Find an appropriate study environment. Generally, it is a good idea to eliminate distractions as much as possible while studying, so you can concentrate on what’s in front of you. You want to find a place that is aesthetically pleasing and comfortable for you.
- Find a quiet area, such as a private room or a library. If you like fresh air, go outside to an area that is reasonably free of distractions, and somewhere you can still connect to internet, if necessary.
- Keep in mind that everyone has their own studying environment preferences. While some prefer to study in quiet, others thrive in a bustling environment that mimics white noise.
- If you don’t know your studying preferences, experiment in different areas, studying in a group or studying solo, studying with or without music, etc. Your ability to concentrate and be productive in different environments will reveal itself rather quickly.
Gather all of your studying materials. Your studying materials include things like notes, textbooks, study guides, papers, highlighters, or anything else you might need to concentrate and be productive while studying; this includes a snack like a granola bar or nuts, and a bottle of water.
- All your materials should be within arm’s reach so you don’t disrupt yourself by going to retrieve your things when you’re in the zone, studying.
Clear the study space. Clear away materials you don’t need to study, and keep your space organized to reduce stress and allow for better concentration. Having any materials around you that don’t directly contribute to your concentration only serve as potential distractions.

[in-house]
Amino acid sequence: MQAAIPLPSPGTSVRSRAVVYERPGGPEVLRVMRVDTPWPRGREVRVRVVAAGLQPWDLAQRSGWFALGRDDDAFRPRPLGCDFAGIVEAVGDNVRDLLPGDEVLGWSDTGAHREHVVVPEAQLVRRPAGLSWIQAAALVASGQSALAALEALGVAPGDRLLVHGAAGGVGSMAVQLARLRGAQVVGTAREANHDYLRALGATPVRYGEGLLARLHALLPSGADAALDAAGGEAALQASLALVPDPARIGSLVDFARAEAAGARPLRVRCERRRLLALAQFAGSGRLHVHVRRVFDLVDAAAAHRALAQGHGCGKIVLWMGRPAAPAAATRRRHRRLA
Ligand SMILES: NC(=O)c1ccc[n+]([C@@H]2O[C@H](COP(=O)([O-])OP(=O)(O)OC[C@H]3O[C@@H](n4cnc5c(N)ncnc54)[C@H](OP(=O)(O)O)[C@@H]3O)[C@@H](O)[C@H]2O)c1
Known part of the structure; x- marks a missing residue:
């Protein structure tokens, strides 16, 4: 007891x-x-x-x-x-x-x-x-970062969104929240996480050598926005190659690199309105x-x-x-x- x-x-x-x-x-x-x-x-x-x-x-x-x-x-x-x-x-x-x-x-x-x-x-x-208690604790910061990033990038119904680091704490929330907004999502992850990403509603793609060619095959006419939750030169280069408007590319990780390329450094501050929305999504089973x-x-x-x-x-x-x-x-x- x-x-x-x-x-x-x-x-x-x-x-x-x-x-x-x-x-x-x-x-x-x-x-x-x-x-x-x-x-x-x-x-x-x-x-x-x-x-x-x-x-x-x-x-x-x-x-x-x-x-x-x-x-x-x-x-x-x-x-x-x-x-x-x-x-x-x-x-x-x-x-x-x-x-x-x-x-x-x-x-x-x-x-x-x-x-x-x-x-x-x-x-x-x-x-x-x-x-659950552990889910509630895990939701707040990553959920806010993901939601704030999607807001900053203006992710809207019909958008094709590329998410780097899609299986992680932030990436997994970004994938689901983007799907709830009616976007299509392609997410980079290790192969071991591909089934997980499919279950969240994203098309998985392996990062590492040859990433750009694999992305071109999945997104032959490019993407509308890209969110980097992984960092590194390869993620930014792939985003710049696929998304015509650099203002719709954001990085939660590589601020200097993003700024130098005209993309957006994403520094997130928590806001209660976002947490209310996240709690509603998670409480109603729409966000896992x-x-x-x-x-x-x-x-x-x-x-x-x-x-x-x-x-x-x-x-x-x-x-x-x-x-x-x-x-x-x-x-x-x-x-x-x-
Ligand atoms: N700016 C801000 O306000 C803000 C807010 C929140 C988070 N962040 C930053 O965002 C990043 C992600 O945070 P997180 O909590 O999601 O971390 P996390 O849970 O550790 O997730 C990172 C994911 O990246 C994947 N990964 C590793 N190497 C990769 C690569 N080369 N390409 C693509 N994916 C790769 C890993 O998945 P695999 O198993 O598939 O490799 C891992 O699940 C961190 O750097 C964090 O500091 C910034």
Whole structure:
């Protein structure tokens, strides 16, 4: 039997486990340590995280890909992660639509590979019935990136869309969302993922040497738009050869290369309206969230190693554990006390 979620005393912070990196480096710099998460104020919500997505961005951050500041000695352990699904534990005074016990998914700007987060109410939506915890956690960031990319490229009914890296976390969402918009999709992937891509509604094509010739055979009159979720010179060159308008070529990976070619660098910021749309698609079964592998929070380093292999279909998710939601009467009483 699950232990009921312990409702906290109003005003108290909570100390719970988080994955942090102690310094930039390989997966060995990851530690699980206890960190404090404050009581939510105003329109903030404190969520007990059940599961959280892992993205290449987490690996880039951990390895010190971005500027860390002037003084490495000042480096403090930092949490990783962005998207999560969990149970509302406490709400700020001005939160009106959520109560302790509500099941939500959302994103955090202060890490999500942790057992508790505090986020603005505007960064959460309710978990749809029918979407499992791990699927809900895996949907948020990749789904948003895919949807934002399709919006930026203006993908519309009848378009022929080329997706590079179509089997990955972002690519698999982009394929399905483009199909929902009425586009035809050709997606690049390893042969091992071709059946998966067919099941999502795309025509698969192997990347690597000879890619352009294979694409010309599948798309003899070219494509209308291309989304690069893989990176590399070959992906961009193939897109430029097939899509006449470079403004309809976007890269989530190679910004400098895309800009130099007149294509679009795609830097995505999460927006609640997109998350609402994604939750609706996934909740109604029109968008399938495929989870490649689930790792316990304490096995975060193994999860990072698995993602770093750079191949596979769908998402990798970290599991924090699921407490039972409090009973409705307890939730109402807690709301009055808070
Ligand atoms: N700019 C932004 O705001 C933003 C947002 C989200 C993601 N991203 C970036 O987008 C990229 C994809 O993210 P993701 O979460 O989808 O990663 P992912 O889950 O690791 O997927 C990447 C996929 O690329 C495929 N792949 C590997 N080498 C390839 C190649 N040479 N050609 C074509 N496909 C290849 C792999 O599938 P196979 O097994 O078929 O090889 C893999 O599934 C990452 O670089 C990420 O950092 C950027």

- This includes throwing away food containers, paper garbage, and other miscellaneous items.
Unplug from unnecessary electronics. Turn off any electronics that you don’t need, especially cell phones, music listening devices, and perhaps computers (provided you don’t need a computer to study your material).
- Your laptop or computer could serve as a huge source of distraction when you’re trying to concentrate.
Stick to a routine. Arrange a schedule for study time, and keep with it. This allows you to build studying time into a habit, making you more likely to follow through on study plans. Be aware of your energy levels throughout the day. Are you more energetic (and therefore more able to concentrate) during the day or nighttime? It may help to study your harder subjects when you have the most energy.
- Once you know the time of day that you’re more energetic, you can make sure you study during those times, increasing your ability to focus and concentrate on your work.
Find a study partner. Sometimes reviewing material with someone else can help break up the monotony of studying, clarify confusing concepts by bouncing ideas off of someone else, and see things from a different perspective. This partner can help you keep on track with your studies, and concentrate on the task in front of you.
- Some people may find study partners distracting. When looking for a study partner, try to find someone who is sensible and focused, maybe even more of an active student in class than you are. That way, you are always pushing yourself to stay matched with them.
Think of an incentive. Before you start studying, think of something that can serve as a reward for you successfully studying. For example, after reviewing your history notes for 1 hour, talk to your roommate about your day, make dinner, or watch your favorite upcoming television program. An incentive can motivate you to concentrate on studying for a specific amount of time, and then you reward yourself for your solid block of time concentrating on your work.
- For bigger projects, develop a bigger incentive to reward yourself for your extra hard work.